I read a lot of comic books as a kid. This series of posts is about the comics I read, and, occasionally, the comics that I should have read.
For a little while in the nineteen-nineties, I was prepared to follow writer Grant Morrison just about anywhere. When I made that unstated pledge, it never occurred to me that I’d be following him to the Justice League.
I knew of Morrison’s work because of the writing he did on the fringes of the DC Universe. In a way, Morrison set the template for the publisher’s Vertigo imprint, launched in 1993. He took on authorship duties with characters from DC’s history — most notably Doom Patrol and Animal Man — but brought a whole other creative cunning to their adventures, indulging in devious meta shenanigans and otherwise plunging them into dark, warped stories.
In the mid-nineteen-nineties, after following those wondrously weird tendrils of imagination, Morrison received an assignment that initially seemed perplexing. He was given a revived version of DC’s superteam, branded with the hip acronym JLA.
The Justice League of America had been around for ages, though it had long strayed from the model of bringing together the publisher’s biggest heroes, opting instead for unloved also-rans and then flagrant comedy. Morrison was allowed his own version of a back to the basics approach, with the biggest names in the DC comics stable (although the ever-flailing DC editorial approach occasional left him saddled with bad ideas like sparking blue Superman). I didn’t always gel for me, but when Morrison’s sensibility melded with a perfect story concept, it was irresistible, no more so that the when Starro muscled into the panels.
Starro dated back to the very first appearance of the Justice League of America, published in 1960, making it natural that Morrison would want to use the villainous being at one point. The story also made room for a more recent figure.
Sandman was already considered writer Neil Gaiman’s comics masterpiece, making it fairly audacious that Morrison took the central figure and plopped him down into a big ol’ superhero story. But by employing the cryptic deep thinking, Morrison had a mechanism for engaging in some of the sideways thinking he brought to his mainstream far, such as Green Lantern having his mind blown by the reference to his tool of choice as a “wishing ring.”
Even better, Morrison back then had a particular skill for honoring the tropes of the superhero mythos while simultaneously extrapolating to get at deeper truths that could be easily overlooked because of the familiarity of the rhythms of a comic book adventure. Villains show up, the heroes fight the villains. Morrison took the time to think about the impressions that might be generated by these strange creatures populating the story. For example, wouldn’t a giant outer space starfish that controlled minds be, you know, pretty scary?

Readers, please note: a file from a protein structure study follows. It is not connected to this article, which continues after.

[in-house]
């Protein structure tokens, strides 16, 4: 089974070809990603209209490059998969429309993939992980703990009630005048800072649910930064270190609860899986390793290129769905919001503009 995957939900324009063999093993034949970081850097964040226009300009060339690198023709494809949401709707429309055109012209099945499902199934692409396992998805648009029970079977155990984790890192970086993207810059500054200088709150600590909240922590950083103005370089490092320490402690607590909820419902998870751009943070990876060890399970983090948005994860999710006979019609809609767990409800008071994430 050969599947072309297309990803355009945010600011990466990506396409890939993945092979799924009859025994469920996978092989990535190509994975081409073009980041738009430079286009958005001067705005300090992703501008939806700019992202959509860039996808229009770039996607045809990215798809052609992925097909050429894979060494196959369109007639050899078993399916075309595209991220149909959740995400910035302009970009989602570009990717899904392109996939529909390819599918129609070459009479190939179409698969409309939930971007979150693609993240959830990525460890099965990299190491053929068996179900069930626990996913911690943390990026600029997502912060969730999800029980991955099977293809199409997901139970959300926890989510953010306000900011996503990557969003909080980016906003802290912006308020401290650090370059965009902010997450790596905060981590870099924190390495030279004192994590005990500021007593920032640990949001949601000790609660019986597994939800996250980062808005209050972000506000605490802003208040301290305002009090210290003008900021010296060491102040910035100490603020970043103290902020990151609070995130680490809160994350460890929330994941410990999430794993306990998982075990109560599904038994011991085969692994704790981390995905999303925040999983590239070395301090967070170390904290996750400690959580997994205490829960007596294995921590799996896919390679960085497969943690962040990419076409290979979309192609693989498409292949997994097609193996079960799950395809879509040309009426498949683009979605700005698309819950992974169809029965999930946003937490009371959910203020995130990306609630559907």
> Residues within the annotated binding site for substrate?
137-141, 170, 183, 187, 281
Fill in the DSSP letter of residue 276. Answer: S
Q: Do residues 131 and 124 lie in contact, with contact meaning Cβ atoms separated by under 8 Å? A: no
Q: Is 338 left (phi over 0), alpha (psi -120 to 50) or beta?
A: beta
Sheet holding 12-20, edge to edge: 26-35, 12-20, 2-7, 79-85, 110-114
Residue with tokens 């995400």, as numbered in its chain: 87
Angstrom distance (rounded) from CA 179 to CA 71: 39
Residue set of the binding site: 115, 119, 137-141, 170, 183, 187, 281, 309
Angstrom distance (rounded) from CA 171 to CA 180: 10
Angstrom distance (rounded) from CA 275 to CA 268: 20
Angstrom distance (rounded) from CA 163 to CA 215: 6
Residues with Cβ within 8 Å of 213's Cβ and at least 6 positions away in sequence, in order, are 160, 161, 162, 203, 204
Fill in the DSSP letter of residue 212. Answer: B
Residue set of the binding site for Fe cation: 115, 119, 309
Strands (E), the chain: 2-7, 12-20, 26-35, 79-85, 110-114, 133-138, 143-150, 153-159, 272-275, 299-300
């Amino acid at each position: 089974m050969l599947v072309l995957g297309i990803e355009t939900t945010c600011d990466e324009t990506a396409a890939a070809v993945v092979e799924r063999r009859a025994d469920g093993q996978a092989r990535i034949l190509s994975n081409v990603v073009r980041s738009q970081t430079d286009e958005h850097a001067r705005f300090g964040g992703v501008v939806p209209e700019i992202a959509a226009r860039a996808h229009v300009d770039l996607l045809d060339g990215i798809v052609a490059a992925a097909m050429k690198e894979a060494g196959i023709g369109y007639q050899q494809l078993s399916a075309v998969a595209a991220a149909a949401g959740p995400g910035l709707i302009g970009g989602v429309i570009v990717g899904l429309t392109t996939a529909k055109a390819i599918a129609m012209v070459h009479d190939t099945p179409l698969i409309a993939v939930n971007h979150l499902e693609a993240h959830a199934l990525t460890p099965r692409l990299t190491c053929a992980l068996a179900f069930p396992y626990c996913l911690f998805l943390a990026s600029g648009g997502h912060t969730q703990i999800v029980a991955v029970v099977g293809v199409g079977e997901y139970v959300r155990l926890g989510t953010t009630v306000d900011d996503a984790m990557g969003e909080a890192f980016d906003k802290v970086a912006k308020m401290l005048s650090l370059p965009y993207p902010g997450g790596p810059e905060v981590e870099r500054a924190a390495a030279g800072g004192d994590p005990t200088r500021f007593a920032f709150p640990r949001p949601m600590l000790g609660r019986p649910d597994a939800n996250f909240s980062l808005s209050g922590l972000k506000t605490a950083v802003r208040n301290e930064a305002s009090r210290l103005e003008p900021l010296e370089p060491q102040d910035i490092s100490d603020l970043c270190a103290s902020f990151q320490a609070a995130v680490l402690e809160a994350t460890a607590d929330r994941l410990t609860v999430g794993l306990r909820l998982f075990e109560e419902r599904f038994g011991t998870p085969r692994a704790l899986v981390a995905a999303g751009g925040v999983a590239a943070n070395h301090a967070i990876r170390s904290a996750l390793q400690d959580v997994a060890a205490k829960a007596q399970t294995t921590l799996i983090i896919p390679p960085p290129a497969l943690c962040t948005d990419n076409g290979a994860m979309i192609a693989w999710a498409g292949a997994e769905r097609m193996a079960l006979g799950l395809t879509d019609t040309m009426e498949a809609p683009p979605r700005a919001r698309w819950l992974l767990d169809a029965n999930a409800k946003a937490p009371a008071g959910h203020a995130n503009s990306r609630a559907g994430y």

The oddness of Howard Porter’s art could make the more conventional moments a little off, but he was well-suited to bringing the freakiness.
Morrison told dense intricate stories, but working on JLA opened up his sense of grandeur. The scope could be titanic. These heroes weren’t going to spend a lot of time stopping bank robbers. Most of them could comfortably cross out of the planet’s atmosphere and cavort among the stars, so Morrison regularly veered into appropriate levels of spectacle.
Still, no matter how much mischief Morrison got up to, these stories go the way they go. Starro is bested and the heroes recline in the satisfaction of their victory.
Sometimes, Morrison’s ideas got too big for the comics page, and it seemed he was only able to type out about a third of what he had in mind, leaving sprawl and uncertainty on the page. That was present in JLA (I might argue the flaw first manifested here), but it was energizing to see a creator go big with ideas instead of just spectacle, reversing a dire trend of nineties comics. Even when it got a little bogged down, this take on the Justice League was worth the effort.
Previous entries in this series (and there are a LOT of them) can be found by clicking on the “My Misspent Youth” tag.